Frank and his co-founders have built a sizeable bootstrapped business in North Carolina. Read on to learn what has worked for Ateb and what you can learn from them.
Sramana Mitra: Let’s go to the very beginning of your story. Where do you come from? Where were you born, raised, and in what kind of circumstances?
Frank Sheppard: I was born in Florida but I was raised in Atlanta in a typical middle-class suburban environment.
Sramana Mitra: Where did you do your schooling?
Frank Sheppard: I went to Georgia Tech for college. I just went through the public school system in all of my education prior to Georgia Tech.
Sramana Mitra: What year did you finish college?
Frank Sheppard: 1982. It’s a long time since I answered that question.
Sramana Mitra: The reason I asked is I’m trying to understand what was happening in the industry when you were coming out of college. It gives me the context. What happens after coming out of college?
Frank Sheppard: During college, I worked extensively at Georgia Tech. They have a research facility there. After I left Georgia Tech, I was hired by IBM and worked at many locations for them. I started in Austin, Texas working with, what was at that time, one of the first word processing solutions. Then, I moved up to Rochester, Minnesota where I worked on some of their entry-level business systems. Then, I moved to Maryland where I worked in, what was called, integration of complex systems. It was really taking on projects on behalf of IBM and working for customers – usually Fortune 500 customers.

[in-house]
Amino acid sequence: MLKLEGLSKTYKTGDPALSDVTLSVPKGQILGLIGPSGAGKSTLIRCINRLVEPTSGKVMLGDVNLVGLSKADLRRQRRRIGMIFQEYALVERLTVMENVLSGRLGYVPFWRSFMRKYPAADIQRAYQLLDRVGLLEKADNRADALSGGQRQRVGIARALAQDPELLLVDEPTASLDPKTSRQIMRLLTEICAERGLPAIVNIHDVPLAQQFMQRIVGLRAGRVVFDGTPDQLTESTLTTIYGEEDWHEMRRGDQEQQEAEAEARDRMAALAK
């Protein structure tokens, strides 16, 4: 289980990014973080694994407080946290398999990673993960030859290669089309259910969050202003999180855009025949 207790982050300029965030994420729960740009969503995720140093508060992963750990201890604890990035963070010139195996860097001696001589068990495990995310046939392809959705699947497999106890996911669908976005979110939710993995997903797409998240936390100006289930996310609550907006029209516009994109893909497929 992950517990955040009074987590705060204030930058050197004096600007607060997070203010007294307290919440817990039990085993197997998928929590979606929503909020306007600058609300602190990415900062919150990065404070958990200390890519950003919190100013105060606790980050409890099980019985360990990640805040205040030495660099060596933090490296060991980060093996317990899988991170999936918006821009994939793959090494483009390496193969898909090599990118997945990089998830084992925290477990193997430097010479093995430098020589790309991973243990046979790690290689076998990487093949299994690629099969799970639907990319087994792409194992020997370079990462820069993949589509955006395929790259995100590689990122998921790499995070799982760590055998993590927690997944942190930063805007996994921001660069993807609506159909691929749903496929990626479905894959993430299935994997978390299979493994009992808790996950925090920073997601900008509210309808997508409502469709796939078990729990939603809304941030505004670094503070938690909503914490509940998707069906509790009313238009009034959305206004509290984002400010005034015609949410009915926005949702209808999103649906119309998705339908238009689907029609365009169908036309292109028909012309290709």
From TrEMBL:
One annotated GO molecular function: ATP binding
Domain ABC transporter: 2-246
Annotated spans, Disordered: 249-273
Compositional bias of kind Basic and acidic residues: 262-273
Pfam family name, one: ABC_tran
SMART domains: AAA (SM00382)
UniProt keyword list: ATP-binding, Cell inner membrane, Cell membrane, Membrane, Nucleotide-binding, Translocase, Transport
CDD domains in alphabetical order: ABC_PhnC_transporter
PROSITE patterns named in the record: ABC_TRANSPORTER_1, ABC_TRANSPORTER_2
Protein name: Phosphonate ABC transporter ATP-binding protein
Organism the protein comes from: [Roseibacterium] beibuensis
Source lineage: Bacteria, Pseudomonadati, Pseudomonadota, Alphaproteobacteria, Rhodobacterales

Then I moved down to Florida to work on the network design – IBM’s contribution to what is today the mobile network and the infrastructure for supporting mobile phones. Then I went to work for their Global Services division.
Sramana Mitra: So what year does this bring us up to?
Frank Sheppard: That brings us up to 1989. I had a 10-year career with IBM. Starting in 1989, I would literally go around the country helping IBM take on projects where they were meeting challenges. My job was to try and sort them out.
Sramana Mitra: At what point does the IBM career finish and what’s the next move?
Frank Sheppard: In 1992, I had an opportunity with one of the projects I was working on. As it turned out, the project wasn’t going to be successful for IBM but in the course of that, I built a relationship with the company that IBM and I were working with. IBM discontinued the project, but they were willing to let me take on the project outside of IBM. We negotiated an agreement on that.
I started with four other gentlemen that I had worked with in my IBM career. We founded the roots of Ateb to work with a company out of North Carolina to help them develop the software infrastructure to support their telephone network testing equipment.